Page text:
Wednesday, July 8, 2015

One little word...



As a Reading/Instructional Coach, many times I feel like the line between the school year and summer vacation is a blur. Yes, I do have my summers "off," but I find myself spending a lot of time preparing for the upcoming school year.  This summer has been extended since I have been on maternity leave since March, but that just means I have had a little "extra time" to spend reading books and educational blogs, searching Pinterest, and finding new accounts on Instagram to follow to give me some new ideas and strategies to share with others and to try out myself.

The process of planning professional development for the teachers in my school is a responsibility that I do not take lightly, and is the topic of much of my reading and personal learning.  Just as teachers take into account various forms of data when planning engaging, meaningful lessons for their students, coaches and administrators do the same for professional development. 

                                                     

One book I have enjoyed digging into a bit more is Read, Write, Lead by Regie Routman.   In the book she refers to professional development as professional learning.  Whoa!  Isn't it crazy how changing one little word can have such a drastic impact on how something is perceived?!?   Once I read this, I immediately pulled up our professional development plan and revised it to read the "IES Professional Learning Plan." Why?  Because that is exactly what it should be... a time to meet together to collaborate, share student work, examine effective teaching practices, and to keep the focus on learning for everyone involved!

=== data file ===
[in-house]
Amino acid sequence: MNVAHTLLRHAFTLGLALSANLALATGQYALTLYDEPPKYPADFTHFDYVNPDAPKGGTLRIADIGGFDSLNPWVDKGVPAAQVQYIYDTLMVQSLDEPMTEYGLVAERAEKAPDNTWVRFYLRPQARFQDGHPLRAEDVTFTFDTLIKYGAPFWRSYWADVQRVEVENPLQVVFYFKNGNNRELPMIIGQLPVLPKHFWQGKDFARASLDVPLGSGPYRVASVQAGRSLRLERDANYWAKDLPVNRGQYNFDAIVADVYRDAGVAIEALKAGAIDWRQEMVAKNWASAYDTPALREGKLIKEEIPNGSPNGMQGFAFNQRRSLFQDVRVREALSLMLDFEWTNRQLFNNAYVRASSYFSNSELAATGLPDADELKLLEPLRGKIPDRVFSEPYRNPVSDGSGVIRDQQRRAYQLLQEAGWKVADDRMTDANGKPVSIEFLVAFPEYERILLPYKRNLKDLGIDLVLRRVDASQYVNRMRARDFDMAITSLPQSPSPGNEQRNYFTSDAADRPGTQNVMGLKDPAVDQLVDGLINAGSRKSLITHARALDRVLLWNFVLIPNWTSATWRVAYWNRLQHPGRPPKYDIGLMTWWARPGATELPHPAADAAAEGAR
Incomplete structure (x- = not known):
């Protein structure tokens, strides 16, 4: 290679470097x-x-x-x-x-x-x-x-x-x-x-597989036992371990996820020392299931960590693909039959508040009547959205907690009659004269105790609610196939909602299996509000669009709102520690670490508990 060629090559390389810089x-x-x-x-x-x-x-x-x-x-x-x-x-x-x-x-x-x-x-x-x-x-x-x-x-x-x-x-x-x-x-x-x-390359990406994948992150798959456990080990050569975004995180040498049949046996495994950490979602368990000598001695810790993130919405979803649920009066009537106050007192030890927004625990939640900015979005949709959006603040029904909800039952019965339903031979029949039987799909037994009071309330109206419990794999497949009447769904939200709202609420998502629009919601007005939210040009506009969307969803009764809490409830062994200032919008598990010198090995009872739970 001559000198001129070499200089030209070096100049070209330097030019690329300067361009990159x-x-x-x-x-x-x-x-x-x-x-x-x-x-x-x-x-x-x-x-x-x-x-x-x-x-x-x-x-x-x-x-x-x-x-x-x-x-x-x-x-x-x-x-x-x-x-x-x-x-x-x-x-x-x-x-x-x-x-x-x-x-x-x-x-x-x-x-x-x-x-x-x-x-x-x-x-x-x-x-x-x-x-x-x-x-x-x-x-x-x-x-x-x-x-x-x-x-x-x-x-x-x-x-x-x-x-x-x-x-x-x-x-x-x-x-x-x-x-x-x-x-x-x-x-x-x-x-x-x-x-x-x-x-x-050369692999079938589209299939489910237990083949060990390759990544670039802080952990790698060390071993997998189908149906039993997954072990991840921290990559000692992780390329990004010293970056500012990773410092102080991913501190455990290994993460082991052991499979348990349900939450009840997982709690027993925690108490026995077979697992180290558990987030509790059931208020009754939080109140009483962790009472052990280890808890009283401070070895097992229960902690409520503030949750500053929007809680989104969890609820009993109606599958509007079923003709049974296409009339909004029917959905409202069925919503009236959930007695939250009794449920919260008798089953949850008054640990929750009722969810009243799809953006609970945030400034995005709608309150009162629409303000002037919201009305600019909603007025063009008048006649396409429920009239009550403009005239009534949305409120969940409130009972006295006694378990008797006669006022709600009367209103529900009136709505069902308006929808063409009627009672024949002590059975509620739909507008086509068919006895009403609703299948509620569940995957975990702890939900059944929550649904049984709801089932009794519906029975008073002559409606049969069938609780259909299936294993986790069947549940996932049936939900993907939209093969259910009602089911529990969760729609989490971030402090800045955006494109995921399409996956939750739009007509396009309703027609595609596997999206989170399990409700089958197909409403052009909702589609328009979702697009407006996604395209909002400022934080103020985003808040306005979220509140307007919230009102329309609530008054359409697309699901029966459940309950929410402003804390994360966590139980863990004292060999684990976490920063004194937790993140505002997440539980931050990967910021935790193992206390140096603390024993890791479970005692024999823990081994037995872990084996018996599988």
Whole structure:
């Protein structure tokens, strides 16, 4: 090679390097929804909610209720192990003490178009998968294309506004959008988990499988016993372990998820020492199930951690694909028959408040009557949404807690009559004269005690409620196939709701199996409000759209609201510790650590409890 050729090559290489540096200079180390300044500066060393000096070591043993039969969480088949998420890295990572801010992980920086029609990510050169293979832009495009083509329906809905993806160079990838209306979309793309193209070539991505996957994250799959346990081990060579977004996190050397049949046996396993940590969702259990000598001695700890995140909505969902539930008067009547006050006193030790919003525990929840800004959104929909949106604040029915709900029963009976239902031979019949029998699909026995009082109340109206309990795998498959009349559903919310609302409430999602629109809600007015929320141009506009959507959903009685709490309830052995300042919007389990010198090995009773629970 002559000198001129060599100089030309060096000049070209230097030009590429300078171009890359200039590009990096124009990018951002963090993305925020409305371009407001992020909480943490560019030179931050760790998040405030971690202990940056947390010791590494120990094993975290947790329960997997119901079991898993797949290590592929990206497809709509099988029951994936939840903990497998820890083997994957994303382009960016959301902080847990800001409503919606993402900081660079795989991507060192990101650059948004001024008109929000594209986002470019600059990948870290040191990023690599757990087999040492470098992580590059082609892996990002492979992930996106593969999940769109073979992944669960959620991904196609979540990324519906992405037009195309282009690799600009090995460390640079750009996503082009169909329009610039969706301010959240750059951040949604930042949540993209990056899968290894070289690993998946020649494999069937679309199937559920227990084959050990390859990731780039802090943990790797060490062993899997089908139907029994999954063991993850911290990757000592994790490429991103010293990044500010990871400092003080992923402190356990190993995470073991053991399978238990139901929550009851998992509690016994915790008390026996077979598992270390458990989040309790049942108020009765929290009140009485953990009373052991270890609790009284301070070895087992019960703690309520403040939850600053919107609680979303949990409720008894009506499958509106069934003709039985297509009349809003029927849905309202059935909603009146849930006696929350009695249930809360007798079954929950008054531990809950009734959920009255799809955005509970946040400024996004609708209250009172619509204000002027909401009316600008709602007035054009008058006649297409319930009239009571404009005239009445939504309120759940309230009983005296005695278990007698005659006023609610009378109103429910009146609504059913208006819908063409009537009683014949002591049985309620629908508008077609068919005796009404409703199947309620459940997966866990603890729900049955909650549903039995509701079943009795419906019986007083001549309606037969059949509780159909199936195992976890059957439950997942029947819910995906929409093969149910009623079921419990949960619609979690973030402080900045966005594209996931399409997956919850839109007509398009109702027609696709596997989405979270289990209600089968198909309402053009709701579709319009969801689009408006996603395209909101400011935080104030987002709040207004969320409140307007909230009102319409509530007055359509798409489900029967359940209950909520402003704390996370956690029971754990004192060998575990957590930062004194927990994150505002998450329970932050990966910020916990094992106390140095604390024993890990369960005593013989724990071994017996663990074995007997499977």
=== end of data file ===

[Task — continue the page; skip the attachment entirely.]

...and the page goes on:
One idea that Routman suggests in her book is to "facilitate bragging." She goes on to explain that teachers are often reluctant to share publicly about their successes unless their efforts are noticed and named by administration and they are asked to bring a work sample and share in a group setting.  She also points out that it is best to let the group know that the teacher has been asked to share in order to make him/her feel more comfortable.  

Along those same lines, this year we will have a time incorporated into our Grade Level Meetings each week called Teacher Try-Its.  This will be a time when an assigned teacher will share with the group a new strategy they tried, technology tool they have implemented, book they have read, etc. I'm excited about the possibilities that these conversations will hold.  

I will wrap this post up with a quote that I believe speaks volumes about the importance of professional learning.  I have every intention of posting this in in my office and in our Literacy Lab, which is the room we use for PD:


Do you have any tried and true tips for ensuring quality, professional learning in your building?  If so, please share!